Bluesfest Saturday If you’re taking technological devices like phones and iPhones, why not download relevant information to your phone, or if you’re lucky, there will be an app for that. However, think twice about how you’re going to power and recharge your device – it’s a good idea to take a car charger with you and plan some time recharging. Also keep an eye out for recharge bars seen at many festivals which allow you to plug in to solar power and recharge your devices. However, you’ll need to stick around and wait for your device to charge as the people running it sure aren’t going to babysit your phone for you.

If you’ve got some time free, or you’re not really feeling the festival experience, try volunteering. All of these festivals rely on volunteers to make the magic happen and being involved in helping the festival run can be really rewarding. All of the volunteering programs have closed except for Woodford, however no matter which festival you’re at, if you’re bored, find the volunteer tent/ center and ask about volunteering. If you do enough hours, you might even get your ticket price refunded – but you will definitely have a unique experience of the festival.

Tickets are still available to all of these festivals, except the Lorne edition of The Falls Festival, however if you feel like crossing the ditch to Tassie, you can still get tickets to The Falls Festival at Marion Bay. Why not treat yourself to an early Christmas present and grab yourself a ticket if you haven’t already!

Plan and prepare now, and stay tuned for our next installment of our Guide to Summer Festivals.

Arcade Fire Release an Interactive Video for “Sprawl II (Mountains Beyond Mountains)”

Arcade Fire
Image Courtesy of Arcade Fire

Arcade Fire have never gone the conventional route when it comes to their music videos and their latest, for the track “Sprawl II (Mountains Beyond Mountains)”, is no different. Oh there is a conventional video that you can watch right here:

But Arcade Fire have also produced a completely interactive video that allows you, via your web cam, to control the movement of the images on the screen. Check out the (fairly weird) introduction video below and then click through here to have a go for yourself.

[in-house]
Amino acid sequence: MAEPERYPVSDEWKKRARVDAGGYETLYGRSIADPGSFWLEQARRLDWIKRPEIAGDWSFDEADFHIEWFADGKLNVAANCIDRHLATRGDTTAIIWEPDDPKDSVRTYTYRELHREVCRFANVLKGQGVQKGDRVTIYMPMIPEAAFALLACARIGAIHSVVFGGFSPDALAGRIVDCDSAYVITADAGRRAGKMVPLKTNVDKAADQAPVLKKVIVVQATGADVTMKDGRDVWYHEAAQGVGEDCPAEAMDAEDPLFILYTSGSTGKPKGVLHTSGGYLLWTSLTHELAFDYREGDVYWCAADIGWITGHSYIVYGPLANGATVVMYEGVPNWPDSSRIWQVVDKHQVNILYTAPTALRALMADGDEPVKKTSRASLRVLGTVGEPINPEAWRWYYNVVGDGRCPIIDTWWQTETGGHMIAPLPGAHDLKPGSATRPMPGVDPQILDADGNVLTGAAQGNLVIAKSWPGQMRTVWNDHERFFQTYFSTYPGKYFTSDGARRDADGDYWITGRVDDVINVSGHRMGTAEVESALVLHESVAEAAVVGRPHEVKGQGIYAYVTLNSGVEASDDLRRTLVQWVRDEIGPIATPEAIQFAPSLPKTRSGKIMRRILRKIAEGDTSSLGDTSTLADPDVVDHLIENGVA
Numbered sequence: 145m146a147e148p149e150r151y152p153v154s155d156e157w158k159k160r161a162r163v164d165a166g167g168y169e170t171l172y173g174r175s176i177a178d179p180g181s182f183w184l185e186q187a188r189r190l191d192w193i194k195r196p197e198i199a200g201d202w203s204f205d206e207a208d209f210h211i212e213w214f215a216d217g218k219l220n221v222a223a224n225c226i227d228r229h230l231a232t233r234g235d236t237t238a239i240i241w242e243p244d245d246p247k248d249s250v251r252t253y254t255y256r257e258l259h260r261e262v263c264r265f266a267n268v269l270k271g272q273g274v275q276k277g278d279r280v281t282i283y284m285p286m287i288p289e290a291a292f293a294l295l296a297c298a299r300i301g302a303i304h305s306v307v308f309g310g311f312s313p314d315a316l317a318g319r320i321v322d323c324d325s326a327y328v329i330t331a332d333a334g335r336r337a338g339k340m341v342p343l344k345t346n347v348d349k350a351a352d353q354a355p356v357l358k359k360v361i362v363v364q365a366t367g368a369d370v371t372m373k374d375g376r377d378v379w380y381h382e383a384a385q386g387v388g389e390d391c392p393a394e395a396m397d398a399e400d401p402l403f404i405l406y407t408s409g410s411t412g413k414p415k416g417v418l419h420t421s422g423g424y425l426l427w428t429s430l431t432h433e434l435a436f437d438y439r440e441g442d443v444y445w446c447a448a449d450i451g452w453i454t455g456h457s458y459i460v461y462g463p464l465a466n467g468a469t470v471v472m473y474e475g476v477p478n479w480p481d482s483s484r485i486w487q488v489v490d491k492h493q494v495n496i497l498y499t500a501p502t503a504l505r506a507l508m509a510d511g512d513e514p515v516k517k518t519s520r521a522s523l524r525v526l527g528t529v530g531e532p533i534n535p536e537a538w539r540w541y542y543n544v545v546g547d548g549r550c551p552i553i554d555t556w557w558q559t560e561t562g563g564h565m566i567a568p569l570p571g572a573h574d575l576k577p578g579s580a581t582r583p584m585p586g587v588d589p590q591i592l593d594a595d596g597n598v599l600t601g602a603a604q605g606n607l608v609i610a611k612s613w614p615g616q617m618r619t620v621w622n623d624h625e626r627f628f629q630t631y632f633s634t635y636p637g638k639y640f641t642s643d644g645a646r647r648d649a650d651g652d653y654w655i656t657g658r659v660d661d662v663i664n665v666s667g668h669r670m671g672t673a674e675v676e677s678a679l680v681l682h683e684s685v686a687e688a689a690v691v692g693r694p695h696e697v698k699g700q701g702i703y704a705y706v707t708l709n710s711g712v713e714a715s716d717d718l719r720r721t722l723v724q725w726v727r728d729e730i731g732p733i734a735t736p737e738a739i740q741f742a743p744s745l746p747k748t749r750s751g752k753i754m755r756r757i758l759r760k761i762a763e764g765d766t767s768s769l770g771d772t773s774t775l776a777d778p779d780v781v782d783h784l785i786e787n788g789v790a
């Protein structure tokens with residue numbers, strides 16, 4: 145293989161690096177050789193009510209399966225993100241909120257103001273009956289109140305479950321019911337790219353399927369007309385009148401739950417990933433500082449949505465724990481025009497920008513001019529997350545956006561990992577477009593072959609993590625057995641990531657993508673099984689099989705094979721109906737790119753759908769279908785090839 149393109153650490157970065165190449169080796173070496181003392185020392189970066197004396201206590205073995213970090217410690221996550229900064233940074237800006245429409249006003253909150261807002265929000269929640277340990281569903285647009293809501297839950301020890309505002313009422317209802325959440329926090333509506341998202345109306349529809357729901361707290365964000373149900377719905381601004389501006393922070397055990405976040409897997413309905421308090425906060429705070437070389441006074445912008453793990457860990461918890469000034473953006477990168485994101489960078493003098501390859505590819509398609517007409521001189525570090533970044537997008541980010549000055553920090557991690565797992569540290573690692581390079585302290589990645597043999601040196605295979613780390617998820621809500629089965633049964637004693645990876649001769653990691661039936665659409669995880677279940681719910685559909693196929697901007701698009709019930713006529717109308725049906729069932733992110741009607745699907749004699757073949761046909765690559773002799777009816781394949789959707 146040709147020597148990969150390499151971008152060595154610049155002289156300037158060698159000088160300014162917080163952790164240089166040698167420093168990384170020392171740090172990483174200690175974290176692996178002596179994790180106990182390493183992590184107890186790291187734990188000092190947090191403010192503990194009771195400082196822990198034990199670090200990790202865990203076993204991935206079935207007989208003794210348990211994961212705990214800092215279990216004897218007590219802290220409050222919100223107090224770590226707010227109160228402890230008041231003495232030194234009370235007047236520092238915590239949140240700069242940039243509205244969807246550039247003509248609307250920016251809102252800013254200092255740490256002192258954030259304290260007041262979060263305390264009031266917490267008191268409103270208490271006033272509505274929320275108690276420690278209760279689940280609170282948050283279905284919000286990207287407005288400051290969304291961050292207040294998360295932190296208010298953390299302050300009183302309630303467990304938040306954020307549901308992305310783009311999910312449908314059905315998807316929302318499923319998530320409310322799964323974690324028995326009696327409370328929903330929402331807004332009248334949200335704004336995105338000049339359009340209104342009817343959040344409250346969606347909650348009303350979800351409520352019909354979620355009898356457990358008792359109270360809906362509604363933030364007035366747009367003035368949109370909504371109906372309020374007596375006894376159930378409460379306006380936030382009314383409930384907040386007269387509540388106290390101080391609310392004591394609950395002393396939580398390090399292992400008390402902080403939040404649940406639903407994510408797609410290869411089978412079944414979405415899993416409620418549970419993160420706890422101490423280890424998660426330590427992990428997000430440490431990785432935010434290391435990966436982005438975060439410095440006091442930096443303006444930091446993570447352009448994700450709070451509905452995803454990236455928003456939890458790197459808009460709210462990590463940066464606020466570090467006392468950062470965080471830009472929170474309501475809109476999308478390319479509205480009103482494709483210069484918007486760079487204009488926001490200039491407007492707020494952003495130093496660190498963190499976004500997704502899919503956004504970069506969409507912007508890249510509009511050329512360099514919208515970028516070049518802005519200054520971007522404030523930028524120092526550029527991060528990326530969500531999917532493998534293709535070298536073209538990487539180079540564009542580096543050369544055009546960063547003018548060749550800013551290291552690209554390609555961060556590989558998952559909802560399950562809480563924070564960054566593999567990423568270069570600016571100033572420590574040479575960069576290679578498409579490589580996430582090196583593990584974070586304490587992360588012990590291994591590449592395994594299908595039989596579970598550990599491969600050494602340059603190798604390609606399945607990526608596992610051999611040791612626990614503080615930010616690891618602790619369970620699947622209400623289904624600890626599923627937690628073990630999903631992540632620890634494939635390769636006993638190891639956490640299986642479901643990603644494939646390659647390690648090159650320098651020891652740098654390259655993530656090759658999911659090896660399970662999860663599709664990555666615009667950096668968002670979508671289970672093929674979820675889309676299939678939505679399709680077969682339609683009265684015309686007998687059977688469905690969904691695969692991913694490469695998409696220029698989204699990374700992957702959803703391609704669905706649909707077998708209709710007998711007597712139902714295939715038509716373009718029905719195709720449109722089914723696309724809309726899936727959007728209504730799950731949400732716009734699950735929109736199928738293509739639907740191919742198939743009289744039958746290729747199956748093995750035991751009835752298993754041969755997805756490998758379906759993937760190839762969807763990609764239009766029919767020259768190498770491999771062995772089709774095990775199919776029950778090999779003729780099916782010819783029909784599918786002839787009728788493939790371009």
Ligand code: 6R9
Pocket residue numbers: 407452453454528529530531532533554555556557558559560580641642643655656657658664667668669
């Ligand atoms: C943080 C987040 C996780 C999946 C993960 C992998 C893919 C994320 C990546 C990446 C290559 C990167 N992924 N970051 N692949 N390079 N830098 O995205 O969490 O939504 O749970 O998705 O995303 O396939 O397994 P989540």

Simone Felice Announces Solo Album, Free Download

Simone Felice
Image Courtesy of Simone Felice

Timber and Steel contributing editor Thom Owen Miles decribed The Felice Brothers’ latest album Celebration, Florida as “an album I’d been hoping someone would make for years” when he picked it as his favourite of 2011. So we’re assuming he’s more than a little excited to learn that Simon Felice, the drummer, writer and vocalist for The Felice Brothers, has announced a solo album in 2012.

The self titled debut album is due to be released on the 2nd April next year and was produced by Felice with some help from Ben Lovett (Mumford and Sons). Members of Mumford and Sons guest on the first single “You & I Belong” and the rest of The Felice Brothers and a girls’ choir from Felice’s hometown contribute to the album opener “Hey Bobby Ray”. The full track listing is below:

1. Hey Bobby Ray
2. You & I Belong
3. New York Times
4. Courtney Love
5. Stormy-Eyed Sarah
6. Charade
7. Dawn Brady’s Song
8. Gimme All You Got
9. Sharon Tate
10. Splendor in the Grass

And as an extra special treat Simone Felice is offering up the track “New York Times” as a free download here (and you can also listen to it below).

Asa’s Full Australian So Frenchy So Chic Tour Dates

Image Courtesy of Asa

We’ve mentioned that French/Nigerian sensation Asa would be returning to Australia next year as part of both the Sydney Festival and Adelaide Festival Centre Sessions but we thought we might put all her dates in one place. Asa, along with collaborator Féfé, is taking the So Frenchy So Chic experience throught Melbourne, Sydney, Brisbane and Adelaide.

The full list of dates is below:

Sunday 15th January – Nouvelle Vague @ Werribee Park Mansion, Melbourne
Tuesday 17th January – Riverside Theatres, Sydney Festival, Parramatta
Wednesday 18th January – Keystone Festival Bar, Sydney Festival, Sydney
Thursday 19th January – Adelaide Festival Centre Sessions, Adelaide
Friday 20th January – Powerhouse, Brisbane